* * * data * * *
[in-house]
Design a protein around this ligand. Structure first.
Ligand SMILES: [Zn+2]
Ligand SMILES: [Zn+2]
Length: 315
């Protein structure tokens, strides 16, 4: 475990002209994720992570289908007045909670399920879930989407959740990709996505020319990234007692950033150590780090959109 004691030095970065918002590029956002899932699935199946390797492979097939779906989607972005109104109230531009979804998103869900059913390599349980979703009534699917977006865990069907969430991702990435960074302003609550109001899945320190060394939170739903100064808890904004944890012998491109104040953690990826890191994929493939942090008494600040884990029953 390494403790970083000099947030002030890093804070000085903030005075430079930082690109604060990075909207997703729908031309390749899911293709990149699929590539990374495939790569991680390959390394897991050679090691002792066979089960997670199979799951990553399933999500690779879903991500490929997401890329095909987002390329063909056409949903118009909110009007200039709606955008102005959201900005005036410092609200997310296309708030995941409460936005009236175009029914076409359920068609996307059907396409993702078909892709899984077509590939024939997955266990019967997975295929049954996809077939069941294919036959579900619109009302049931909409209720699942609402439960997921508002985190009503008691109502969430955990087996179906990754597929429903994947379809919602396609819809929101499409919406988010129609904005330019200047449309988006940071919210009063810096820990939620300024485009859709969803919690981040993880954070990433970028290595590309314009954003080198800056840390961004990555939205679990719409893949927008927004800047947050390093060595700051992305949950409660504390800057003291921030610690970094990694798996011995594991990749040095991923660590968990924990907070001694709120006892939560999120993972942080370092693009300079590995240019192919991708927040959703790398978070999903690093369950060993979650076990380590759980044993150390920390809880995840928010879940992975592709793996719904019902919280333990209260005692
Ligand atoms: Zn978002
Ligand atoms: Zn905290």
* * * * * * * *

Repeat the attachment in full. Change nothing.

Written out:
[in-house]
Design a protein around this ligand. Structure first.
Ligand SMILES: [Zn+2]
Ligand SMILES: [Zn+2]
Length: 315
């Protein structure tokens, strides 16, 4: 475990002209994720992570289908007045909670399920879930989407959740990709996505020319990234007692950033150590780090959109 004691030095970065918002590029956002899932699935199946390797492979097939779906989607972005109104109230531009979804998103869900059913390599349980979703009534699917977006865990069907969430991702990435960074302003609550109001899945320190060394939170739903100064808890904004944890012998491109104040953690990826890191994929493939942090008494600040884990029953 390494403790970083000099947030002030890093804070000085903030005075430079930082690109604060990075909207997703729908031309390749899911293709990149699929590539990374495939790569991680390959390394897991050679090691002792066979089960997670199979799951990553399933999500690779879903991500490929997401890329095909987002390329063909056409949903118009909110009007200039709606955008102005959201900005005036410092609200997310296309708030995941409460936005009236175009029914076409359920068609996307059907396409993702078909892709899984077509590939024939997955266990019967997975295929049954996809077939069941294919036959579900619109009302049931909409209720699942609402439960997921508002985190009503008691109502969430955990087996179906990754597929429903994947379809919602396609819809929101499409919406988010129609904005330019200047449309988006940071919210009063810096820990939620300024485009859709969803919690981040993880954070990433970028290595590309314009954003080198800056840390961004990555939205679990719409893949927008927004800047947050390093060595700051992305949950409660504390800057003291921030610690970094990694798996011995594991990749040095991923660590968990924990907070001694709120006892939560999120993972942080370092693009300079590995240019192919991708927040959703790398978070999903690093369950060993979650076990380590759980044993150390920390809880995840928010879940992975592709793996719904019902919280333990209260005692
Ligand atoms: Zn978002
Ligand atoms: Zn905290």